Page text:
Bell Work: Obtain a copy of the argumentation vocabulary and their definitions (yellow), vocabulary template (blue) and examples of argumentation vocabulary (green), scissors, and glue.
1. As a class, read through the terms and their definitions. Discuss how these terms are similar, as well as how they differ from informational writing.
a. Argument: speaking or writing that expresses a position, or makes a claim, and supports it with reasons and evidence; while also taking into account other points of view
b. Claim: the writer’s position on an issue or problem
c. Qualifier: words like some, most, many, in general, usually, typically and so on
d. Reason: why the writer believes the claim he or she makes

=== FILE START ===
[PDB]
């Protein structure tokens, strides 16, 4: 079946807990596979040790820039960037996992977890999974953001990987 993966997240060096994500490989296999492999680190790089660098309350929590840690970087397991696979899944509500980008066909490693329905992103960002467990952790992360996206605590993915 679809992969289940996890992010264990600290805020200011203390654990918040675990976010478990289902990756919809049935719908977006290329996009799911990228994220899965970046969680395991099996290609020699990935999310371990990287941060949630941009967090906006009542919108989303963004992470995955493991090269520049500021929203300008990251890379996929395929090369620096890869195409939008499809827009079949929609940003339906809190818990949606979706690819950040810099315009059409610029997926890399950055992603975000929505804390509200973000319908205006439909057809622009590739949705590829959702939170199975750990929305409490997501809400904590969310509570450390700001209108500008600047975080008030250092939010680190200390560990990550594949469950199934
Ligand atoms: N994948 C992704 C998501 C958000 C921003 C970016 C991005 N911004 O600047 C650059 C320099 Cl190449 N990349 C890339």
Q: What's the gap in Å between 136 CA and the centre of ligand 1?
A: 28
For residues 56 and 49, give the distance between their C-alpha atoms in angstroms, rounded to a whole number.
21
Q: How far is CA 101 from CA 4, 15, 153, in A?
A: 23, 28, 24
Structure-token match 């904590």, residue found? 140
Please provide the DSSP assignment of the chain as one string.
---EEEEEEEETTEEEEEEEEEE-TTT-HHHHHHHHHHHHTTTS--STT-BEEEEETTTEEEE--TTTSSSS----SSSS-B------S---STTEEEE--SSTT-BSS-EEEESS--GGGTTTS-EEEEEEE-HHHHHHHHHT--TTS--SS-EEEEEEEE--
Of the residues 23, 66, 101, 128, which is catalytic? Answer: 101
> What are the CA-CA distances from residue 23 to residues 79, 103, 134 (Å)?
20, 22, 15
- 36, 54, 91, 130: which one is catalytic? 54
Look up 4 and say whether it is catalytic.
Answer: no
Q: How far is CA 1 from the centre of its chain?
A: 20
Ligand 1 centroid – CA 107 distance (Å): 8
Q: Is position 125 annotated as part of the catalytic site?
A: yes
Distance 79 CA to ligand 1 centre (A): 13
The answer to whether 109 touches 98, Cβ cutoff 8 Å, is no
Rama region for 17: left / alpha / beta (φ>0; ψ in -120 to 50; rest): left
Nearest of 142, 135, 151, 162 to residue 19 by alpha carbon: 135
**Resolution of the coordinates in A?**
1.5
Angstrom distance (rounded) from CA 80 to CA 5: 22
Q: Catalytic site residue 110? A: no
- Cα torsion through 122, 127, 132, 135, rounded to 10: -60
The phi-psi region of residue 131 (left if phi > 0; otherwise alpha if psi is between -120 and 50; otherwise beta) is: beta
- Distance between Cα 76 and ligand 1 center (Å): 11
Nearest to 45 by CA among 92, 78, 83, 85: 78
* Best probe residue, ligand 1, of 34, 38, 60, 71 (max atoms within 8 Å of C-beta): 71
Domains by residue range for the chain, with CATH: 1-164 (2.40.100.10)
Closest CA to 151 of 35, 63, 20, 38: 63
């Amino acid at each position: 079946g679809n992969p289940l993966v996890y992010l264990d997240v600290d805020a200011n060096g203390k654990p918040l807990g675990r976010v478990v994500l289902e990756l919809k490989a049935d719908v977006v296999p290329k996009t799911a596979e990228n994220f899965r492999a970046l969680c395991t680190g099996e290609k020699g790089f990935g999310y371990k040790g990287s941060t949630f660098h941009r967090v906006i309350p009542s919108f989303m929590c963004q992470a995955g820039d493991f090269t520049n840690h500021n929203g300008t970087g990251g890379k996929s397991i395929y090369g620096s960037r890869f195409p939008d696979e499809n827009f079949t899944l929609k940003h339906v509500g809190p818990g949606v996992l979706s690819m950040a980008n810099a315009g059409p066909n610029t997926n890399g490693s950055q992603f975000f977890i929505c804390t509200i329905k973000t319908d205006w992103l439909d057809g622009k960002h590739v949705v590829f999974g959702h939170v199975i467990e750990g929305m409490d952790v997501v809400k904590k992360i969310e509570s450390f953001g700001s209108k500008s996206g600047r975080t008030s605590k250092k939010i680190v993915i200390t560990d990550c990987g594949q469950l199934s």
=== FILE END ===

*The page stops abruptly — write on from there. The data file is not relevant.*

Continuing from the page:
e. Evidence: facts, statistics, etc. from the text to support the reasons (citation: providing the source information – author and title – for the evidence)
f. Warrant: statement that persuades the reader of the connection between the evidence and the claim
g. Elaboration: examples, explanations, etc. from the writer to support the reasons
h. Counterclaim: the opposition’s position (AKA counterargument)
i. Concession: acknowledging the opposition’s “unarguable” evidence or reason (the “gimme”)
j. Rebuttal: an argument against the opposition’s evidence or reasons
k. Call to Action:
i. Restates claim and specifically calls for action or urges for acceptance of claim
ii. Provides a general warning of the consequences of not following the claim
2. Glue (page 46) the vocabulary terms and their definitions (yellow) into your interactive notebook (left side).
3. Glue (page 47) the template into your notebook (right side).
4. Cut apart the examples and arrange them on the template with their corresponding terms.
5. Check your work. (answerkeyforargument)
6. When you have correctly matched the examples to the correct term, glue the examples onto the template.
Homework: Complete any unfinished work from class.